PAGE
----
CES 2016: Netflix Goes (Almost) Global

Get complete coverage of CES 2016.

Las Vegas – Netflix video streaming now spans the globe…well almost.

In his CES keynote presentation today, CEO Reed Hastings announced that the OTT service has flipped the switch in 130 more countries, including Vietnam, India, Poland Russia and Saudi Arabia, establishing an almost-global footprint. (Follow our continuing CES coverage at our CES news site.)

“Today you are witnessing the birth of a new global Internet TV network,” said Hastings. “With this launch, consumers around the world -- from Singapore to St. Petersburg, from San Francisco to Sao Paulo -- will be able to enjoy TV shows and movies simultaneously -- no more waiting.”

Well, some consumers will need to wait just a bit longer. One big one still off that list is China. But the hope, Hastings said, is to offer service there “in the future.” 

The expansion will surely give Netflix’s sub base and reach of originals a massive boost. Netflix, which was available in 60 countries, heading into CES, ended the third quarter of 2015 with 69.17 million subs worldwide, including 43.18 million in the U.S.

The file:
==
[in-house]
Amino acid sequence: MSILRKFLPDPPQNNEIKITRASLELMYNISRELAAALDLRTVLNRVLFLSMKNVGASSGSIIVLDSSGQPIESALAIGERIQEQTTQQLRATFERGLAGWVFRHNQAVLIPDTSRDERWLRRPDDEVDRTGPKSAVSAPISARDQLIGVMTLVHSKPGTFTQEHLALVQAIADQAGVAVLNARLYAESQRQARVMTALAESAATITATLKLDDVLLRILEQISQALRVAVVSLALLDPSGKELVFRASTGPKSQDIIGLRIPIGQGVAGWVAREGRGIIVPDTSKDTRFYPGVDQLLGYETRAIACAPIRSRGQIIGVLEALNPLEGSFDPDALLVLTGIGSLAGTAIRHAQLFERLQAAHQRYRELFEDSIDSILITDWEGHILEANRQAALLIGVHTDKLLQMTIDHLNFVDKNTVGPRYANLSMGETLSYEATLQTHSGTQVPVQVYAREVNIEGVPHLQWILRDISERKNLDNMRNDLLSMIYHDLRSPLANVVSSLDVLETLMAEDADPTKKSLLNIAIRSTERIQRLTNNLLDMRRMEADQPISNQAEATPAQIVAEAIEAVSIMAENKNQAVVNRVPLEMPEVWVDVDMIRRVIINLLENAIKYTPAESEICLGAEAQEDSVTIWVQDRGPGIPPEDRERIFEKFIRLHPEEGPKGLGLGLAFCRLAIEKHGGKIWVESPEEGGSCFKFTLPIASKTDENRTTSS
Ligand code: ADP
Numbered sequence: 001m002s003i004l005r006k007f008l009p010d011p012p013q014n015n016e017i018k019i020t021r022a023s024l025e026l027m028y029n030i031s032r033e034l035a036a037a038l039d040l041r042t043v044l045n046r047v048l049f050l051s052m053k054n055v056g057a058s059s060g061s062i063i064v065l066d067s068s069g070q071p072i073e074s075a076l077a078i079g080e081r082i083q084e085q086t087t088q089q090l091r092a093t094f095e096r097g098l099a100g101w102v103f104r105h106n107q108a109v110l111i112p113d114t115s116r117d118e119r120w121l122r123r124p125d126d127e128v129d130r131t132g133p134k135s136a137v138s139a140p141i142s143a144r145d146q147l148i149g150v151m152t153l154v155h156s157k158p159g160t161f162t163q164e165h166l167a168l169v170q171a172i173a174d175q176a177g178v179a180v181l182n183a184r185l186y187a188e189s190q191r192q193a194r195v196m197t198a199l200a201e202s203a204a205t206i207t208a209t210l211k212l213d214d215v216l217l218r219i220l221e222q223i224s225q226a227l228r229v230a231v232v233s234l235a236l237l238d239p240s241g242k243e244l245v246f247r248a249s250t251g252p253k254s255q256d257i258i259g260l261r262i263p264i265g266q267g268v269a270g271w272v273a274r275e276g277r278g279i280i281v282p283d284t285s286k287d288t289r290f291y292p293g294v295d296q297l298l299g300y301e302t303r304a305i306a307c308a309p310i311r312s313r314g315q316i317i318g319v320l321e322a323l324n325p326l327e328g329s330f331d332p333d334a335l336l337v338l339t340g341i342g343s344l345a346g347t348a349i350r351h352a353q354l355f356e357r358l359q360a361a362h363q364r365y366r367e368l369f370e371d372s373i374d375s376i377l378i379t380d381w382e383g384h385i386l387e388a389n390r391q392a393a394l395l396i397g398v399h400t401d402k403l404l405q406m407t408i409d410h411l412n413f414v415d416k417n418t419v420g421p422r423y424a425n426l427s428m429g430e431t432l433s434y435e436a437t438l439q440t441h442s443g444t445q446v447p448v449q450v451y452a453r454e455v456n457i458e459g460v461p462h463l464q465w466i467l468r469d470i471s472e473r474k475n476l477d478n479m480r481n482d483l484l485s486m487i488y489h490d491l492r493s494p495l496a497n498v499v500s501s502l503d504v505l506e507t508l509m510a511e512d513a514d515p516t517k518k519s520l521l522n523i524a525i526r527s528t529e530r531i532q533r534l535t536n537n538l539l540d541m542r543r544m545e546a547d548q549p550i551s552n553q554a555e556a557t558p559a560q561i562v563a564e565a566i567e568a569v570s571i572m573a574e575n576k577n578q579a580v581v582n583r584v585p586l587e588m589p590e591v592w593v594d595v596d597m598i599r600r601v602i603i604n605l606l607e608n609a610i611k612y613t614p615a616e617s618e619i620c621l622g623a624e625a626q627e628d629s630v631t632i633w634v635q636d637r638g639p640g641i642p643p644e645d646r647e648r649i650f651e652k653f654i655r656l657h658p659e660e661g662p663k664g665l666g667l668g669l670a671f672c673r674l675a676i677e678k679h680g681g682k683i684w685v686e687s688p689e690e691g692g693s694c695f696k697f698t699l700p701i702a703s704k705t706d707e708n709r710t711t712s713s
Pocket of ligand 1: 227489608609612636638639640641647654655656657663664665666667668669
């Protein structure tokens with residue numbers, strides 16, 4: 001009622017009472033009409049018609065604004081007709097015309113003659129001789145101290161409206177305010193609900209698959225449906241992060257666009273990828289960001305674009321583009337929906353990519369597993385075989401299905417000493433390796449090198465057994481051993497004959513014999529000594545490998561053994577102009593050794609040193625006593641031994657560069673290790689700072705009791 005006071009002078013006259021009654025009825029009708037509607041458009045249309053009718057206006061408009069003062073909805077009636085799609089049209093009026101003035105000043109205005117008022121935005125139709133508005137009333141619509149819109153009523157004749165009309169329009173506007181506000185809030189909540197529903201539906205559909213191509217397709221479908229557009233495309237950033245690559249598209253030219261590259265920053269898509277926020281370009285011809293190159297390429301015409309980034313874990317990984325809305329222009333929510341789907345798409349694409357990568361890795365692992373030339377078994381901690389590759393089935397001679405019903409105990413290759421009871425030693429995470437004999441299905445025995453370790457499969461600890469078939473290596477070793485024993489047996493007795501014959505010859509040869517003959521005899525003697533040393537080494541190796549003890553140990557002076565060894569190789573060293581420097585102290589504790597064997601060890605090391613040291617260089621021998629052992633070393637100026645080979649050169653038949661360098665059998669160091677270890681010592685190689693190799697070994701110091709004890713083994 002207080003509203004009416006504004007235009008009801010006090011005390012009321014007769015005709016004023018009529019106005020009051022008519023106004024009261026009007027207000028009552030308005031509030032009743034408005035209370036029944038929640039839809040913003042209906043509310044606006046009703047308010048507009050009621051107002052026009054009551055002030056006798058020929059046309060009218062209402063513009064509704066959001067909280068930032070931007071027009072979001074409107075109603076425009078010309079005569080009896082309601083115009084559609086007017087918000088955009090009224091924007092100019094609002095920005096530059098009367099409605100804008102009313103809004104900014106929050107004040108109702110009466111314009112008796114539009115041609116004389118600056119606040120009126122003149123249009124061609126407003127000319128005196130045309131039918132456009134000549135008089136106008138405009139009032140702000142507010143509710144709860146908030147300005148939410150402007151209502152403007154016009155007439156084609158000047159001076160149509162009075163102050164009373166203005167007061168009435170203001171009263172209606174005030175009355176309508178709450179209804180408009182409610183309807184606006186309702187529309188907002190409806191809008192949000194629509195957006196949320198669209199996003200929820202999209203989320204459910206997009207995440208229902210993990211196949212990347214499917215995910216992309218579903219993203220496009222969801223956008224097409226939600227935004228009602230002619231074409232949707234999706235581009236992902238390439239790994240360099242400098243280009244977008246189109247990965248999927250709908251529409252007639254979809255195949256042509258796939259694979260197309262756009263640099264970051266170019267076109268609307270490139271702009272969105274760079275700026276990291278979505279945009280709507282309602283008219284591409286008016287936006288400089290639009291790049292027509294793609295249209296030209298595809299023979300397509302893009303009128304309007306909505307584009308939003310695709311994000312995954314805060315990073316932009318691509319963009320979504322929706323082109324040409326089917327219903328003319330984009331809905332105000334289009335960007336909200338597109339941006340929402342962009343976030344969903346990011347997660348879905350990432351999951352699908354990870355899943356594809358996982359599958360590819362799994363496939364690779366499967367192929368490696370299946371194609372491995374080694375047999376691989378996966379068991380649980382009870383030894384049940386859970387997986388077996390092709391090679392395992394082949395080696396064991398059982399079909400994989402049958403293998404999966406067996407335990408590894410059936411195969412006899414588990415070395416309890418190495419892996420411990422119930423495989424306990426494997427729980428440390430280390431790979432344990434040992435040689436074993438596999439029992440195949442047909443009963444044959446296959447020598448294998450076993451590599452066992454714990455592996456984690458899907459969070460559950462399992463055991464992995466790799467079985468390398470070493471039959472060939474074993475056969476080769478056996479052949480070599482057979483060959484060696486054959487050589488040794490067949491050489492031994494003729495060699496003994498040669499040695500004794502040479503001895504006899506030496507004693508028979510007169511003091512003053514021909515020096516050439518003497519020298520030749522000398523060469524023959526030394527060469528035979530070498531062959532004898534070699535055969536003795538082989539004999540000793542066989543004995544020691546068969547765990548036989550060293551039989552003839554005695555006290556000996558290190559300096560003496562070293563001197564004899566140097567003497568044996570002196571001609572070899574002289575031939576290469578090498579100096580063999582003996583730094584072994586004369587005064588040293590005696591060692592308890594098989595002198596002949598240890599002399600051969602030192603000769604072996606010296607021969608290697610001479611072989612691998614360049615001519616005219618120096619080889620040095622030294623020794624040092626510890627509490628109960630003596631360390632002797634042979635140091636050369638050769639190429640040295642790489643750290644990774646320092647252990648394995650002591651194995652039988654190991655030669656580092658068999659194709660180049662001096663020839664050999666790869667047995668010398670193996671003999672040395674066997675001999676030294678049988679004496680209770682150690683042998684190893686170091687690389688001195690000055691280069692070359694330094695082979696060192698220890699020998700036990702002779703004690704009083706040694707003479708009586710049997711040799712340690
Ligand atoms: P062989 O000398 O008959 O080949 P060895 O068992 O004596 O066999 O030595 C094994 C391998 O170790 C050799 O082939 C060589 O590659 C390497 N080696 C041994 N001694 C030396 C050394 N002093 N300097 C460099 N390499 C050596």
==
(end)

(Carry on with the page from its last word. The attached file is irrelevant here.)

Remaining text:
Hastings spent the early part of the keynote offering a history lesson on the innovations that have driven TV over the years, recalling it was eight years ago that Netflix started streaming.  “Tune-in has been replaced by personal choice,” he said. “We live in an on-demand world, and there’s no going back.”

He also threw in some stats: in Q4 2015, consumers watched 12 billion hours of Netflix, versus 8.25 billion in the year-earlier period. 

Hastings also announced that Netflix, a pioneer in 4K streaming, plans to offer some more eye candy later this year with the roll out of some content encoded in High Dynamic Range (HDR), a technology that brings more pop to those pixels.

Ted Sarandos, Netflix’s chief content officer, said Netflix will product over 600 hours of original programming this year.

Among the new crop is The Crown, which will tell the story of Queen Elizabeth II’s life (played by Claire Foy) and the British royal family.  Here’s the trailer that was first shown to CES attendees:

Sarandos also took a jab at linear TV, holding that it “only scores with home runs,” while Netflix’s on-demand and binge-focused approach allows the OTT provider to “score with singles, and doubles and triples.”

And what’s a CES keynote without some star power?

Chelsea Handler, who has series, Chelsea Does, and a talk show coming to Netflix,  joined the stage to run a brief panel discussion with other Netflix talent, including Will Arnett (BoJack Horseman), Krysten Ritter (Jessica Jones), and Wagner Moura (Narcos).